Patients at for-profit nursing homes at higher risk of abuse and neglect since the Covid19 pandemic started
Conditions at for-profit nursing homes worsened during the pandemic and patients suffered from it according to a recent report by by the House of Representatives’ Select Subcommittee on the Coronavirus Crisis.
The Subcommittee looked at 5 for-profit chains that operate around 850 nursing homes with a total of 80,000 residents during the first months of the pandemic. According to the report these corporates are structured in an opaque way that allow them to shed responsibilities and protect themselves from being accountable for patient neglect or abuse.
The House of Representatives’ Select Subcommittee on the Coronavirus Crisis found that work conditions were horrendous for the personal at these nursing homes with on average one nurse having to care for 30 patients. As a result, patients waited for hours, sometimes days for basic care. The report highlights a case of a patient who vomited on herself and was cleaned two days later or another patient who had to wait for hours just to get water. Staff not only were forced to share personal protection equipment because of shortage but also pressured and threatened to work even though they were sick with Covid19. As a result, infection spread faster among already weak residents and staff. So far it is estimated that 160,000 nursing home residents and 2,600 nursing home workers died from Covid19.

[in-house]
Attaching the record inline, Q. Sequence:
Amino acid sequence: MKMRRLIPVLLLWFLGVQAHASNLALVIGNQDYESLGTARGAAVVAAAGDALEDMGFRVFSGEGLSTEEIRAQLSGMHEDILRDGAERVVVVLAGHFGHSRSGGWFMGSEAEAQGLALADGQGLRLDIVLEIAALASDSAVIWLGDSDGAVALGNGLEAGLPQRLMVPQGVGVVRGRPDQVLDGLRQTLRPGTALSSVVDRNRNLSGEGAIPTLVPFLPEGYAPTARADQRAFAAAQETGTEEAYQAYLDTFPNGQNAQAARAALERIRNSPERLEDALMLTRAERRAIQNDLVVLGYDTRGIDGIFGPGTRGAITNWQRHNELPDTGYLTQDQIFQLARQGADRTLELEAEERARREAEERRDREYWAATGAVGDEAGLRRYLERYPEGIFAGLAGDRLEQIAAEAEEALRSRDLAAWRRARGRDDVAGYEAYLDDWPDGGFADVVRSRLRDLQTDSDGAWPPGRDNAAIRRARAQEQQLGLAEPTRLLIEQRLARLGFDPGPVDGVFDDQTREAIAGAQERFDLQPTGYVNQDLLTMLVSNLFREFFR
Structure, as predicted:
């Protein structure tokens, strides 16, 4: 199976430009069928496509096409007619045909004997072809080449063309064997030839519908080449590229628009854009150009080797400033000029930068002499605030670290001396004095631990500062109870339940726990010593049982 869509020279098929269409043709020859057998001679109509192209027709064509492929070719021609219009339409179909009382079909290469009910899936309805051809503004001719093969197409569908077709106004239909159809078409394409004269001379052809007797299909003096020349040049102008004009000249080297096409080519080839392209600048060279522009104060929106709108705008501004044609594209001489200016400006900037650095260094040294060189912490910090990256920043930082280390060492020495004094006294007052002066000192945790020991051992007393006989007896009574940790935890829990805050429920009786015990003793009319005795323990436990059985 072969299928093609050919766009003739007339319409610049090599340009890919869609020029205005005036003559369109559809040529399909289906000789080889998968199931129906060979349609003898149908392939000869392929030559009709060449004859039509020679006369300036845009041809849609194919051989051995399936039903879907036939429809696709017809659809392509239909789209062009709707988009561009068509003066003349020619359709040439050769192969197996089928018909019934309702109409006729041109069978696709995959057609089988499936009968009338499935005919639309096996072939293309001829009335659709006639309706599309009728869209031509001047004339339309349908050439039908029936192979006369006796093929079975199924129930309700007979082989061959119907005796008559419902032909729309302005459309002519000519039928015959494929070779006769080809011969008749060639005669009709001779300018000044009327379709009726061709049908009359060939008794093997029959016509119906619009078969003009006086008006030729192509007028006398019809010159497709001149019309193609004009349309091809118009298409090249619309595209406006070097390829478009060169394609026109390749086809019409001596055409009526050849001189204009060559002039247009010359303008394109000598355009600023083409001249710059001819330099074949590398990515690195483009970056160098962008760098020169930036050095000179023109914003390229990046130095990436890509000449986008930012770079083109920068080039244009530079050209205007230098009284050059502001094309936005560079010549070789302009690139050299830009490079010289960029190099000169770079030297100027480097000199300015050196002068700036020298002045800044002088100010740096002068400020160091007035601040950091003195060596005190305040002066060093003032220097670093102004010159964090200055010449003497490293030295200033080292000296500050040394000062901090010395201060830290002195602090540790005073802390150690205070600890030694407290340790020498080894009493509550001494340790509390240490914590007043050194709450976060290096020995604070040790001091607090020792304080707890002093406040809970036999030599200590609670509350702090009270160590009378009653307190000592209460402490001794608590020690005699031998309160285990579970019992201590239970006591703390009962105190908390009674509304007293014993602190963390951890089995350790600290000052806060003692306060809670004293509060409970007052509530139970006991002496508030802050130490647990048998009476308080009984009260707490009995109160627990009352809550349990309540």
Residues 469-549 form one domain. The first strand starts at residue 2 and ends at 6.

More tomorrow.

Racial inequalities in care were also found with conditions being worse at nursing homes where the patients were in majority Black. Infections were significantly higher as well as deaths in nursing homes where the population was at least 50% Black compared to nursing home where none were.
Even though the Covid19 crisis is now mostly behind us, patients at nursing homes are still suffering as for-profit nursing homes are dealing with soaring costs of labor and supply as well as significant staffing shortages. Many nursing homes had to shut down and more are in distress. According to a recent article in Bloomberg. more than 400 nursing homes might close this year in the US.
Read more about the report by by the House of Representatives’ Select Subcommittee on the Coronavirus Crisis